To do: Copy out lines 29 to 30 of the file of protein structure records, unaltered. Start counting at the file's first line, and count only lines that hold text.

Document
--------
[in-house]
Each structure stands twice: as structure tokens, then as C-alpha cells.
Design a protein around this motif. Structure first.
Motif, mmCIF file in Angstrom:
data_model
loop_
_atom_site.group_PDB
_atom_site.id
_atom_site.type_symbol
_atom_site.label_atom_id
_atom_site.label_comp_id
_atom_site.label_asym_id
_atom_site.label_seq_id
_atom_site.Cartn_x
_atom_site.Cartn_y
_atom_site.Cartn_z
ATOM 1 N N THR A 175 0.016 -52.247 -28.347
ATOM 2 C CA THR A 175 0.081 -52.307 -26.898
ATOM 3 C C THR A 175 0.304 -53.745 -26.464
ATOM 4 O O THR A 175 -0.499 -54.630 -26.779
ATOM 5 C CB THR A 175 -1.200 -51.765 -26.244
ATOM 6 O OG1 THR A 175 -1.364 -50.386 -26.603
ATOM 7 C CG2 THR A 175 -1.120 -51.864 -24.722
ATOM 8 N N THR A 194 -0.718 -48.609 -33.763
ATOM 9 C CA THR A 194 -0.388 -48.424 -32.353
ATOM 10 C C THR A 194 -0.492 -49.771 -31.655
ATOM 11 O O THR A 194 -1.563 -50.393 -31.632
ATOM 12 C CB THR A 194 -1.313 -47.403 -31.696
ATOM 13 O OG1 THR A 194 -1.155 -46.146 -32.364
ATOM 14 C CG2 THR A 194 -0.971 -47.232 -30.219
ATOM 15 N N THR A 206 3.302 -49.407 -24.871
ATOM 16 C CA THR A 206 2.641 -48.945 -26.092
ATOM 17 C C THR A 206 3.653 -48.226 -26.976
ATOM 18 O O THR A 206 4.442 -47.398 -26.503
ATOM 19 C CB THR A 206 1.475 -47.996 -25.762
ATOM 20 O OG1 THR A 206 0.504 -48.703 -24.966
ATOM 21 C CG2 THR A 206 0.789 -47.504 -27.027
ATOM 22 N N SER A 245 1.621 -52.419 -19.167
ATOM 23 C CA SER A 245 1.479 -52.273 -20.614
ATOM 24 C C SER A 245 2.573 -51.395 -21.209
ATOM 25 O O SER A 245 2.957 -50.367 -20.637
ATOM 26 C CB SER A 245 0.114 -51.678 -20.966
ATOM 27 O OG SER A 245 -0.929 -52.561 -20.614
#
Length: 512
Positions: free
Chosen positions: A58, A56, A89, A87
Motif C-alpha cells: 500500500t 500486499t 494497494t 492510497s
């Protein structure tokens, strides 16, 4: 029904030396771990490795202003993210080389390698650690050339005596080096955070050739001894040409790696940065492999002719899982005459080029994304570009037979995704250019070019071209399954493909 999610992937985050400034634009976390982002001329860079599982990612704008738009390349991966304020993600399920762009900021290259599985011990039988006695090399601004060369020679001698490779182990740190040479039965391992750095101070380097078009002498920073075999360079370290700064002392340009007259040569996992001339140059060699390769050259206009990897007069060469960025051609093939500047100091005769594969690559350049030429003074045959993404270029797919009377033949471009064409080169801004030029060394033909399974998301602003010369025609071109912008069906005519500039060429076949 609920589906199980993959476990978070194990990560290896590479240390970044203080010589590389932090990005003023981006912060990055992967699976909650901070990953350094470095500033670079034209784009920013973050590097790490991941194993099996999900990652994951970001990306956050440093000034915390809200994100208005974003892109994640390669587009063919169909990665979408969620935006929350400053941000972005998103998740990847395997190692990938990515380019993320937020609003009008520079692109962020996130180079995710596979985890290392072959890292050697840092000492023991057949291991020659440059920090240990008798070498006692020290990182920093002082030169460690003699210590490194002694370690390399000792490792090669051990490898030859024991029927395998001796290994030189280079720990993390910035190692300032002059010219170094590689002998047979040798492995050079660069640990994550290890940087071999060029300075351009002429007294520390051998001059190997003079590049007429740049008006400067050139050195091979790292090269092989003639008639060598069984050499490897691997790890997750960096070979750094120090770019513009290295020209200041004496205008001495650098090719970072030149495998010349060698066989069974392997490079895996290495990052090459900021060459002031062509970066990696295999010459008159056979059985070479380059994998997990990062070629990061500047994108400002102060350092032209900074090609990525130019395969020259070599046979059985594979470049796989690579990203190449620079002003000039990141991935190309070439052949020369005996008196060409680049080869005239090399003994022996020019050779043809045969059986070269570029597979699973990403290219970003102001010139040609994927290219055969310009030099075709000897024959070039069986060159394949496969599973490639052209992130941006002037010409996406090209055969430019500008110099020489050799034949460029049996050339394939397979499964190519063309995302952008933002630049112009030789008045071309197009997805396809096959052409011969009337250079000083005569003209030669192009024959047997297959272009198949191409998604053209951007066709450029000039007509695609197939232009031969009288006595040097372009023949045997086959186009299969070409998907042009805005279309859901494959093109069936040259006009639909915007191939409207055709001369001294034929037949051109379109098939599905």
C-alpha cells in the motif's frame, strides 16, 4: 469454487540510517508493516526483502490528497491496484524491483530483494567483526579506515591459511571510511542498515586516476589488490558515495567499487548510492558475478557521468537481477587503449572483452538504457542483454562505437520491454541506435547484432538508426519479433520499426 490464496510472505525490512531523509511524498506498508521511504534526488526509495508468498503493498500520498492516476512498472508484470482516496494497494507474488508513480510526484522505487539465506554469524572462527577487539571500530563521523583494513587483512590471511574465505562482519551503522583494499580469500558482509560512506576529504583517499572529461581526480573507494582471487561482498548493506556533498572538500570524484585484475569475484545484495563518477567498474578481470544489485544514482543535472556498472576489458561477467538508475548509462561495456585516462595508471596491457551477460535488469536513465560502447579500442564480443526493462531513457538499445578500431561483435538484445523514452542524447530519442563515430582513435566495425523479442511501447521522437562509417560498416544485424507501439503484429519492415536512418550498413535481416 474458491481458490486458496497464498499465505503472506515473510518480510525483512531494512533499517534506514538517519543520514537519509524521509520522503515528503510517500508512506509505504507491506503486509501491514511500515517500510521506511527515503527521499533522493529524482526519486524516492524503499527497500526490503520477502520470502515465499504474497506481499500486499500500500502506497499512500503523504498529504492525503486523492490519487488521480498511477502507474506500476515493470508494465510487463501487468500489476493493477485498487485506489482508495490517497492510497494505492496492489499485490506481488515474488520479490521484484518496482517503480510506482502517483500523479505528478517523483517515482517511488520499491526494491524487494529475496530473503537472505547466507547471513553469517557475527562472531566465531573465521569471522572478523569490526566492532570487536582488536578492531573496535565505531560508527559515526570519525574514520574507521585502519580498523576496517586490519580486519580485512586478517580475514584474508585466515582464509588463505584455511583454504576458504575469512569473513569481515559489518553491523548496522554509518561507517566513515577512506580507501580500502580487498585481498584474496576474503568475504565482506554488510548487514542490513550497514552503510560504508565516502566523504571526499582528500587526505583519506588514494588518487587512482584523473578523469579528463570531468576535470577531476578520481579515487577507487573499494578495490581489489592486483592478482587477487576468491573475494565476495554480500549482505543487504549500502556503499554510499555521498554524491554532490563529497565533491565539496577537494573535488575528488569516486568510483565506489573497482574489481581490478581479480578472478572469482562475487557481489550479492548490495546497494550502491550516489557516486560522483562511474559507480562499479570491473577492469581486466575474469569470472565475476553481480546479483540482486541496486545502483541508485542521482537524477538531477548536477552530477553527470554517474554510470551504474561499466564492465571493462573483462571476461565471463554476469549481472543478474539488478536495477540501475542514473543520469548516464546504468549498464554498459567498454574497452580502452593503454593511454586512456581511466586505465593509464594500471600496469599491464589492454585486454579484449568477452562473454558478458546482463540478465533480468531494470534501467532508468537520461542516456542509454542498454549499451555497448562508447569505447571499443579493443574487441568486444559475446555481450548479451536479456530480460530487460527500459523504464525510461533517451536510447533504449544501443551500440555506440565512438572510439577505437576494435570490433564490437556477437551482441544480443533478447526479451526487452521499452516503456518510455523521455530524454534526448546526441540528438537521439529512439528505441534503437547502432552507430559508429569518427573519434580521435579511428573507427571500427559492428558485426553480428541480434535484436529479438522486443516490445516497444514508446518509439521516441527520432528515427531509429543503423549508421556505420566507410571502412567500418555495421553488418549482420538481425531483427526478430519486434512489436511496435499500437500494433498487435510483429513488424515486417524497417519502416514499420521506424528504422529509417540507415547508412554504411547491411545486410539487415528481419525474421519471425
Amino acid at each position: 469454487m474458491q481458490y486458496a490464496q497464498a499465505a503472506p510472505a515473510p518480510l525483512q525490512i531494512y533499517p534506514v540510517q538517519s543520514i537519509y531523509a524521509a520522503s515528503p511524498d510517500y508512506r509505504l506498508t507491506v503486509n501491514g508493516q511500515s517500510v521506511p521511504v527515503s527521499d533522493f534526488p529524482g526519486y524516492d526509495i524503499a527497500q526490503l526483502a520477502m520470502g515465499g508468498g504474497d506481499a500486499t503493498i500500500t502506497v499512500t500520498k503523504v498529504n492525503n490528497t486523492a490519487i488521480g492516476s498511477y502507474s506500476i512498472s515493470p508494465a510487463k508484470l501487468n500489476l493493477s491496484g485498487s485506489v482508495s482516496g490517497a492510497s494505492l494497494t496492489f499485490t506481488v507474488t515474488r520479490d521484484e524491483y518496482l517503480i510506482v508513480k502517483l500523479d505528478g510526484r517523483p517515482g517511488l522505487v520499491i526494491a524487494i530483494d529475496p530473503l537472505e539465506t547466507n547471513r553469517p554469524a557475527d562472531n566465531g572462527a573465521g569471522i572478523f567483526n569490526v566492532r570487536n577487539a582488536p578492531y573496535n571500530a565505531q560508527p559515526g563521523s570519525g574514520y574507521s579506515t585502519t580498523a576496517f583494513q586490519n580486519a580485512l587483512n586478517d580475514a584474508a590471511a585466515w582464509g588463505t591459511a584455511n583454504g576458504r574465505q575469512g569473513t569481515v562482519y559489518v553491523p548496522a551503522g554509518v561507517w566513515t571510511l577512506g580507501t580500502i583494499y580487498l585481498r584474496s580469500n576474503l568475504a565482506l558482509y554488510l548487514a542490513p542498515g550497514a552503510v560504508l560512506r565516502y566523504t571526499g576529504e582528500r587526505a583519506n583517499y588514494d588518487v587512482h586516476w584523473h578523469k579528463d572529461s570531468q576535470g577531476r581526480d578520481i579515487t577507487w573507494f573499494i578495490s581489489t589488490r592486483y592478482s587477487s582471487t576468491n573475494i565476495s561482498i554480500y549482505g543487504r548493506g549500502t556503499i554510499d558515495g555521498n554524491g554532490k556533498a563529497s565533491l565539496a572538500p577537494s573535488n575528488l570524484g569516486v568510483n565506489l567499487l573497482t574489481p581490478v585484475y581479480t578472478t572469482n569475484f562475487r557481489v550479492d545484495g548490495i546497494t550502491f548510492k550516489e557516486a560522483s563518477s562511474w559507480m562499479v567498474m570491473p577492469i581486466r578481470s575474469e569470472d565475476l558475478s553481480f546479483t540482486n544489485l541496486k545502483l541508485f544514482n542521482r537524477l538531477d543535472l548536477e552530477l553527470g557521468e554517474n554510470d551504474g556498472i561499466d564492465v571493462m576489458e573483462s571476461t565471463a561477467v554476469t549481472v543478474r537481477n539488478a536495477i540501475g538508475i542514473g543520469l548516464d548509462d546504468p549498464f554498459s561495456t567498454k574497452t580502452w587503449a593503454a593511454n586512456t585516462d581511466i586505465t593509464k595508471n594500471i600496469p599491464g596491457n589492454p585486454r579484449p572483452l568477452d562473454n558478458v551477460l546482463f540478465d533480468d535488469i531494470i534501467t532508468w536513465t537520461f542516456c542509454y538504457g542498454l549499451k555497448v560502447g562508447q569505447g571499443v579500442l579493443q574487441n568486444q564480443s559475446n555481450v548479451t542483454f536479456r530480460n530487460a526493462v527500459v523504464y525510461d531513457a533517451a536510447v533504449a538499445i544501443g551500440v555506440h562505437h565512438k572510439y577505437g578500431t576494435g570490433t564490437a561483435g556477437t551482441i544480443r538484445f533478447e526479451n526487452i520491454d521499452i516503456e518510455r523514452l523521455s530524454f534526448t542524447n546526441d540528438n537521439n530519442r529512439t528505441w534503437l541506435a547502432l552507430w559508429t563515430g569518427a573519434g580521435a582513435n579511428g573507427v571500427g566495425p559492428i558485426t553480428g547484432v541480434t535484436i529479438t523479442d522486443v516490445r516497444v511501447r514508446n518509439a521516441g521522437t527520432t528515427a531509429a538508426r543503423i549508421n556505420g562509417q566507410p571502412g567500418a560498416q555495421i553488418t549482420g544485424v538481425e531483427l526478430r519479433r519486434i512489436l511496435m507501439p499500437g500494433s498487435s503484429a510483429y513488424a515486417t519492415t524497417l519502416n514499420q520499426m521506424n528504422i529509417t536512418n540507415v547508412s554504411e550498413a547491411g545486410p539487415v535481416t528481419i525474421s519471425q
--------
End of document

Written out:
ATOM 13 O OG1 THR A 194 -1.155 -46.146 -32.364
ATOM 14 C CG2 THR A 194 -0.971 -47.232 -30.219